ENGL 242 C: Reading Prose Fiction

Afro Asia and US Multiculturalism

Meeting Time: 
MTWTh 12:30pm - 1:20pm
Location: 
LOW 113
SLN: 
14083
Instructor:
photo
Alan Williams

Syllabus Description:

Course Description

When Mao Zedong wrote in support of the US Civil Rights movement in the 1960s, he highlighted how ongoing racial discrimination is a product of "dual tactics" and "a colonialist and imperialist system." Given that the US state was founded on racism (slavery and genocide), scholars today note how civil rights legislation and the rise of US multiculturalism were not the beginning of the end of this system, but rather the imperial state's adjustment to antiracist and anti-colonial struggles not only in the US but abroad (communism in China, Korea, Vietnam, independence movements in India, pan-Africa, and so on).

A central aim of this course will be to think through the rise of US multiculturalism as an extension of the imperial project. In other words, as a class we will aim to rid ourselves of the nationalist "racial progress" narrative. The first half of the course will focus on Asian Americanist critique and storytelling to grapple with the rise and permutations of the orientalist "peril/model" binary for both US Asian racialization and US empire in Asia. We will use the medium of fiction and the skill of close-reading to develop informed social and historical analysis, which in turn will enhance our reading of both fiction and the world around us. In the second half of the course, we will read two important texts by black internationalists, W.E.B. Du Bois' 1928 novel "Dark Princess: A Romance" and Richard Wright's "The Color Curtain," a creative nonfictional account of the 1955 Bandung Conference in Indonesia, a pivotal meeting of African and Asian nations in the midst of the Cold War. These texts allow us to explore themes such as the relationship between idealism and realism, and "the color line within the color line" (as Du Bois puts it) in both fictional and nonfictional efforts toward global moral progress. Both Du Bois and Wright ponder the US racial order on the global scale, are cautiously hopeful for alternatives, yet their texts remain hauntingly relevant today as Black Lives Matter critiques the US police state, as Japan re-militarizes after 70 years of pacifism, and as China invests heavily into developing Africa.

(This course carries the “W” credit.)

Materials

Du Bois, W.E.B. 1928. Dark Princess: A Romance (ISBN-13: 978-0199387434)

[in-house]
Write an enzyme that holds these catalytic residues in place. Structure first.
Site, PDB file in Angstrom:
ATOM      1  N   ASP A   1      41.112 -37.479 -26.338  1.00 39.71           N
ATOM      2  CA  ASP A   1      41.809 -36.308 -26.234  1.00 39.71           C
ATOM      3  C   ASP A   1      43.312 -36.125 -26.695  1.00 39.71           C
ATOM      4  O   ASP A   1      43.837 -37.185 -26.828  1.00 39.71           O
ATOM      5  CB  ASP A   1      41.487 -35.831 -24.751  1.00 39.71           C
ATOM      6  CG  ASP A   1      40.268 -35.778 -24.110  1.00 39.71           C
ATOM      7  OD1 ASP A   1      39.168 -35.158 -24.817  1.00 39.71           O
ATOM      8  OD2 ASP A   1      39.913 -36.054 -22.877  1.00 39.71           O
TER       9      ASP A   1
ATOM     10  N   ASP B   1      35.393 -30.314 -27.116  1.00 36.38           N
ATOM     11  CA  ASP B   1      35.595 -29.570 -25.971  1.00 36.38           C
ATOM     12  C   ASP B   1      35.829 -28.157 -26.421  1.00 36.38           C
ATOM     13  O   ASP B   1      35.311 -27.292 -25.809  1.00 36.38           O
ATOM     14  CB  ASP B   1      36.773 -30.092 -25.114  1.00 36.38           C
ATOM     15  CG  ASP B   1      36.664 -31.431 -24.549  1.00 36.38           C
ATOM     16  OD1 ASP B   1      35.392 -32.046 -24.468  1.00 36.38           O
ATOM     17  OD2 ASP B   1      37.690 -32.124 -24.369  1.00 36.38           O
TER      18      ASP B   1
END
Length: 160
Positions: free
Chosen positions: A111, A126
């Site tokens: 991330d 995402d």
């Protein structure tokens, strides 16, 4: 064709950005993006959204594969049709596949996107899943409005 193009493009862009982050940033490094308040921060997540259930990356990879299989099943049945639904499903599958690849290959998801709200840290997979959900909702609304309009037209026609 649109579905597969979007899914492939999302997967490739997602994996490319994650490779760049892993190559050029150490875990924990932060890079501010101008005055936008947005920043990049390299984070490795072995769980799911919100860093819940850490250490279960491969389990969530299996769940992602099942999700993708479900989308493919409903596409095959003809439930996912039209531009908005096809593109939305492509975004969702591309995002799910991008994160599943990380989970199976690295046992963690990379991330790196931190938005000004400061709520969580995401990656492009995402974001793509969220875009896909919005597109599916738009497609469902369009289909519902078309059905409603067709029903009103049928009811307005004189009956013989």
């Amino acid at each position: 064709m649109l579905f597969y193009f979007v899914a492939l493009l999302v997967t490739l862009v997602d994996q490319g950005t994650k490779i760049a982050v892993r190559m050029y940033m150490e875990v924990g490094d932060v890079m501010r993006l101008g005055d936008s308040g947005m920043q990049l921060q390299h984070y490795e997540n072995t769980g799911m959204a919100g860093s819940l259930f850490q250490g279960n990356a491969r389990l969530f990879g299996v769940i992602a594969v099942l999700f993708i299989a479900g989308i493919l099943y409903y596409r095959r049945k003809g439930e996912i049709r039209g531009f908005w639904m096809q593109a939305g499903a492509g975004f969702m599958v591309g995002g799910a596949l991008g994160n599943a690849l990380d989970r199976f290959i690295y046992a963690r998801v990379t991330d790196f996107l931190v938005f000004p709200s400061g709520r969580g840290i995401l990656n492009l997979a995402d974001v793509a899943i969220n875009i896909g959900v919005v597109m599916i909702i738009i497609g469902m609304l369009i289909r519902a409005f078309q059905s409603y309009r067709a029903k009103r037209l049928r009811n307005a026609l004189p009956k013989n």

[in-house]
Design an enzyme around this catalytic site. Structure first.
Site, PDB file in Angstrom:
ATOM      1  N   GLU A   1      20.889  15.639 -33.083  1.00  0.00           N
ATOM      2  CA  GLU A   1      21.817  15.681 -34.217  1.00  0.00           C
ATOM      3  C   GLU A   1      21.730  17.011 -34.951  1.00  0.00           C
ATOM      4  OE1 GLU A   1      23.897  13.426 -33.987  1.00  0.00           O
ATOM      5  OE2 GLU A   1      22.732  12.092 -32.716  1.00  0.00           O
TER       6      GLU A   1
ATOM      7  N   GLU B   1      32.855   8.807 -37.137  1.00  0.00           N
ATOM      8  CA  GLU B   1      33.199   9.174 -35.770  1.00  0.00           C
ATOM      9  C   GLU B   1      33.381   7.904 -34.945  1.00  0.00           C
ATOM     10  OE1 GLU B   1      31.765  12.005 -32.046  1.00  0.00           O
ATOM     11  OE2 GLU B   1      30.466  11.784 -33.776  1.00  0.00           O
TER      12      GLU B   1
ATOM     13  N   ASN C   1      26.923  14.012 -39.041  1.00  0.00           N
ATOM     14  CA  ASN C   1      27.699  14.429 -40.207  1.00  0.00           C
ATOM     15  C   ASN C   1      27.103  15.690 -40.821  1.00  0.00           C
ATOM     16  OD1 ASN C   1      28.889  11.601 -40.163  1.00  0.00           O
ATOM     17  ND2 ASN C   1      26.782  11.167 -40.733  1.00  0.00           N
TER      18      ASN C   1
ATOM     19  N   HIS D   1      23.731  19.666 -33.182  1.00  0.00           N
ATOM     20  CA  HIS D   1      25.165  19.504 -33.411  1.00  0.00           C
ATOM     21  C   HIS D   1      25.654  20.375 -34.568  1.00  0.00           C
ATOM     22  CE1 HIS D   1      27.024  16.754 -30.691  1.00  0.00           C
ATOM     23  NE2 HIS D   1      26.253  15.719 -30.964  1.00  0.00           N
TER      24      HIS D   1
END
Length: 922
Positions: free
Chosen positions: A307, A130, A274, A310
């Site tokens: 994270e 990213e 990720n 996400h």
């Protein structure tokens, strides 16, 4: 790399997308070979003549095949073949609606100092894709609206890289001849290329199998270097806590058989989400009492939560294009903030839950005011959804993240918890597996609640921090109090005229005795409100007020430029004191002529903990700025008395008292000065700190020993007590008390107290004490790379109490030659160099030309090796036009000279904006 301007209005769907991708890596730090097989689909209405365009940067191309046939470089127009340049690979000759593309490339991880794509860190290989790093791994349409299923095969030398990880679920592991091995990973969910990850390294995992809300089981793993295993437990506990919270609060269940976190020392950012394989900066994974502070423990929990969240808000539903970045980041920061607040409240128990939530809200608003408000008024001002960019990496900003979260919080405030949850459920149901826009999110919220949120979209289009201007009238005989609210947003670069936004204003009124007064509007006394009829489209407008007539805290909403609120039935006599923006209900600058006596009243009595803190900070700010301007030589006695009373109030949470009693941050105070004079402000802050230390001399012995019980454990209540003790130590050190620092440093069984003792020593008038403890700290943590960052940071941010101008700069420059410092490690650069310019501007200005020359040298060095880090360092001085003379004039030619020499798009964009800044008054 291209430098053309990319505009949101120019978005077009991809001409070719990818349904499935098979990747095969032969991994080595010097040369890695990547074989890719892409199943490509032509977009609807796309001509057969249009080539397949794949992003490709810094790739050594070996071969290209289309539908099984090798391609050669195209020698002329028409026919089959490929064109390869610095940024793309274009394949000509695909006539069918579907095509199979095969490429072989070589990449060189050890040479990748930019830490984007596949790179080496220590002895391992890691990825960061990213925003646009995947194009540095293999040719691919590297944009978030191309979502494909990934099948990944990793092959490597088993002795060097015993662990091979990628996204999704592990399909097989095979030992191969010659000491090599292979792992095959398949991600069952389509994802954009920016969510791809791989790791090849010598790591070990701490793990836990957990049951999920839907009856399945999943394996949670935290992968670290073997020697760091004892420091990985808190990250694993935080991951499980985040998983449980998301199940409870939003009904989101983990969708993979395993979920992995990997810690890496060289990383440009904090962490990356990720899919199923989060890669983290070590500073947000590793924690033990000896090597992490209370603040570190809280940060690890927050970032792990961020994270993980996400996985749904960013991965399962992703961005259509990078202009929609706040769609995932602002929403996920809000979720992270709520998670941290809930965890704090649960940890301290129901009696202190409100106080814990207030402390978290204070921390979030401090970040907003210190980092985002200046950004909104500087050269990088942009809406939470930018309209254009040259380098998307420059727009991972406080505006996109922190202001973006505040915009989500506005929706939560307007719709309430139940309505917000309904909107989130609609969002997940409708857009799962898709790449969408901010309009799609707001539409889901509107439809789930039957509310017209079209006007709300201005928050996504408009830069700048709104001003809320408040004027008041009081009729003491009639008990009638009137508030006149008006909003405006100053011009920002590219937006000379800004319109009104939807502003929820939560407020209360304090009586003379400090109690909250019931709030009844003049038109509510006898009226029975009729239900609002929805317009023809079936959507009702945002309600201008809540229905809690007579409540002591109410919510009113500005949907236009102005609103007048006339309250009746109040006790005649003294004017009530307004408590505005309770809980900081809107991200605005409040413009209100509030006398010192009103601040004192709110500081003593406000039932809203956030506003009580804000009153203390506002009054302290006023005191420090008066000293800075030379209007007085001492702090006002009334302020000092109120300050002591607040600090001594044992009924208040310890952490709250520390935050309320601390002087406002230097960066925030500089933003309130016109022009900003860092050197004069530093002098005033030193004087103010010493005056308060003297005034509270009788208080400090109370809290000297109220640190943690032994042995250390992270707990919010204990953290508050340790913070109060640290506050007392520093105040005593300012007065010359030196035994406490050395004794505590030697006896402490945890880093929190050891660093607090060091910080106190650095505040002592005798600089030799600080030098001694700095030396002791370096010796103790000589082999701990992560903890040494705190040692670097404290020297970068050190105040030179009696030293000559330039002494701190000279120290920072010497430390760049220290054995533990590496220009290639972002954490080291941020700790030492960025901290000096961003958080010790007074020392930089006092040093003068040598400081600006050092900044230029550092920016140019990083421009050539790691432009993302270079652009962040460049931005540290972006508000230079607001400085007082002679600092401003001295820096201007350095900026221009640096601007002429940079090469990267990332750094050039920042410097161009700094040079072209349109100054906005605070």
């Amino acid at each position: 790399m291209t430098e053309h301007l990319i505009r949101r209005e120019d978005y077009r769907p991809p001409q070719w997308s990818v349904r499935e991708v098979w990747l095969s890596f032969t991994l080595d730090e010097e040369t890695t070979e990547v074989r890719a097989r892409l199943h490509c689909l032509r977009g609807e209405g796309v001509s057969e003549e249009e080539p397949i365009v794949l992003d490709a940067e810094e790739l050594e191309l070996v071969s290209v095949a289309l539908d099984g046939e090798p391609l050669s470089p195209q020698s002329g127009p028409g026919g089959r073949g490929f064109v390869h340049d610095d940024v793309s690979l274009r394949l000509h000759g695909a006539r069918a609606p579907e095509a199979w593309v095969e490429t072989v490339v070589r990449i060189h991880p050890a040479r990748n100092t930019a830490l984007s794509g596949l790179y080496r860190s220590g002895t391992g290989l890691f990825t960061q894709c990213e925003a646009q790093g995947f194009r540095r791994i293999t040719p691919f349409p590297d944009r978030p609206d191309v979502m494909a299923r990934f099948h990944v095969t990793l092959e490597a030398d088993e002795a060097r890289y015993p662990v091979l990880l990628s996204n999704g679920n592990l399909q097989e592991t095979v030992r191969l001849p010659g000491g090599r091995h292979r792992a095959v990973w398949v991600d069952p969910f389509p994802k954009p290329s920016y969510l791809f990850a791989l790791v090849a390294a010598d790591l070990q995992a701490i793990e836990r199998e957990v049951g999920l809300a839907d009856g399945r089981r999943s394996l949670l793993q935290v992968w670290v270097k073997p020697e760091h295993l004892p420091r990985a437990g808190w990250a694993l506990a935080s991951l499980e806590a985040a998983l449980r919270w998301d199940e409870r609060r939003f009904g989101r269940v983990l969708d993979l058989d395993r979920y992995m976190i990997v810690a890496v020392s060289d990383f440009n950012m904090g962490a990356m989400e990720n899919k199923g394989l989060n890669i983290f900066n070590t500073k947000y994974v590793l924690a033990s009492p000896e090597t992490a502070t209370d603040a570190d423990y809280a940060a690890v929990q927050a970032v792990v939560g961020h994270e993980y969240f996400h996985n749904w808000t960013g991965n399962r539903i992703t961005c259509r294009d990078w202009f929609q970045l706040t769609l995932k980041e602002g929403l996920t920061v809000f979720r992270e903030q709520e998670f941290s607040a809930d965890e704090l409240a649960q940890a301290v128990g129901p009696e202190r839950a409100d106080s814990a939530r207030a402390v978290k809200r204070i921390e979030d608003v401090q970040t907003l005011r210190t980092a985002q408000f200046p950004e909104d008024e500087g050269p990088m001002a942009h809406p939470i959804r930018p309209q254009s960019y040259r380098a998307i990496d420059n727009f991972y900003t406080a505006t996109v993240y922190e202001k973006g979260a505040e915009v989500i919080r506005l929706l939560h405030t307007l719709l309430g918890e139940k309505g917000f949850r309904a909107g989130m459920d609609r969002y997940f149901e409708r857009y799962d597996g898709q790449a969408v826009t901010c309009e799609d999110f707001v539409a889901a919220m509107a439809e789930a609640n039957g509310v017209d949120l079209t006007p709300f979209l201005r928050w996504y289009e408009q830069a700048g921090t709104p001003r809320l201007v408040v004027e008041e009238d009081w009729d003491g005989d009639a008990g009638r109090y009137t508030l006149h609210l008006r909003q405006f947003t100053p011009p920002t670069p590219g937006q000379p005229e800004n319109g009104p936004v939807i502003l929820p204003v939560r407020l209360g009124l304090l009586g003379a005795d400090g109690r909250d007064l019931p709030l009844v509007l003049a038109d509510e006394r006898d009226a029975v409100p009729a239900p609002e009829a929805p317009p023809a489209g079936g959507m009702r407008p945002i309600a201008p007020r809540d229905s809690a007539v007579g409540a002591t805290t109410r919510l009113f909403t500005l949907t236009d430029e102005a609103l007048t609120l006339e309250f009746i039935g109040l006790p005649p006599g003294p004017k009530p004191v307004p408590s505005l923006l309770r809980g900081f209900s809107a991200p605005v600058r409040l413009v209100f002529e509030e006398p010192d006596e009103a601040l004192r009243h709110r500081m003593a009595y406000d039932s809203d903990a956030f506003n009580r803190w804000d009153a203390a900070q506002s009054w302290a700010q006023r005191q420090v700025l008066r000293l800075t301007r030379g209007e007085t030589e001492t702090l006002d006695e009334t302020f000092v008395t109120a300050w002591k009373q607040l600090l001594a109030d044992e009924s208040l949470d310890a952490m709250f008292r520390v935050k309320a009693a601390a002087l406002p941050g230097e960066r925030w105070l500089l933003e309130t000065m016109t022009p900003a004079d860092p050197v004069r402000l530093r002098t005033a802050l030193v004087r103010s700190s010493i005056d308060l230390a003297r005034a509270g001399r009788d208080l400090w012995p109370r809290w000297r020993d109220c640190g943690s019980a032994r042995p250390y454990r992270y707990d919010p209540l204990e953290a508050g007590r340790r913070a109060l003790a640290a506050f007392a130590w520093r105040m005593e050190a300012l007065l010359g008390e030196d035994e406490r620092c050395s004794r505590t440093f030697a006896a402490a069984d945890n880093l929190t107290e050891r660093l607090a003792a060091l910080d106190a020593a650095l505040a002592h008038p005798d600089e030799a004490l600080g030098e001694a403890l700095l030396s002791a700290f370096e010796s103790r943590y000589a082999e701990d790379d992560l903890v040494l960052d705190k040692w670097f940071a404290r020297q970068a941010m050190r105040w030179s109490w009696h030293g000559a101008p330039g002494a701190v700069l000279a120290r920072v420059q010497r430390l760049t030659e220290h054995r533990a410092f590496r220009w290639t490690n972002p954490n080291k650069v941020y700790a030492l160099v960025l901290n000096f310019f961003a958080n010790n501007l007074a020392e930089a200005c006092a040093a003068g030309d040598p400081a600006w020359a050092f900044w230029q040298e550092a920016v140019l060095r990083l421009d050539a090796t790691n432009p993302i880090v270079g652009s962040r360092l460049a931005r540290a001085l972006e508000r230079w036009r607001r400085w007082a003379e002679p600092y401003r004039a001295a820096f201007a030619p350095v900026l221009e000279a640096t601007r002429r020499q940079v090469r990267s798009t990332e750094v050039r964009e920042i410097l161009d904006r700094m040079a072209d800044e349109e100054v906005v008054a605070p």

Wright, Richard. 1956. The Color Curtain: A Report of the Bandung Conference. (In the collection: "Black Power: Three Books from Exile" - ISBN-13: 978-0061449451)

All other required texts (essays, stories) made available electronically through Canvas.

Additional Details:

Afro Asia and US Multiculturalism

Course Description

When Mao Zedong wrote in support of the US Civil Rights movement in the 1960s, he highlighted how ongoing racial discrimination is a product of "dual tactics" and "a colonialist and imperialist system."  Given that the US state was founded on racism (slavery and genocide), scholars today note how civil rights legislation and the rise of US multiculturalism were not the beginning of the end of this system, but rather the imperial state's adjustment to antiracist and anti-colonial struggles not only in the US but abroad (communism in China, Korea, Vietnam, independence movements in India, pan-Africa, and so on).

A central aim of this course will be to think through the rise of US multiculturalism as an extension of the imperial project. In other words, as a class we will aim to rid ourselves of the nationalist "racial progress" narrative. The first half of the course will focus on Asian Americanist critique and storytelling to grapple with the rise of such phenomena as the "yellow peril/model minority" binary.  We will use the medium of fiction and the skill of close-reading to develop informed social and historical analysis, which in turn will enhance our reading of both fiction and the world around us.  In the second half, we will read two important texts by black internationalists, W.E.B. Du Bois' 1928 novel "Dark Princess: A Romance" and Richard Wright's "The Color Curtain," a creative nonfictional account of the 1955 Bandung Conference in Indonesia, a pivotal meeting of African and Asian nations in the midst of the Cold War.  These texts allow us to explore themes such as the relationship between idealism and realism, and "a color line within the color line" (as Du Bois puts it) in both fictional and nonfictional efforts toward global moral progress.  Both Du Bois and Wright ponder the US racial order on the global scale, are cautiously hopeful for alternatives, yet their texts remain hauntingly relevant today as Black Lives Matter critiques the US police state, as Japan re-militarizes after 70 years of pacifism, and as China invests heavily into developing Africa.

Catalog Description: 
Critical interpretation and meaning in works of prose fiction, representing a variety of types and periods.
GE Requirements: 
Visual, Literary, and Performing Arts (VLPA)
Writing (W)
Other Requirements Met: 
Status: 
Active
Last updated: 
March 16, 2016 - 3:58pm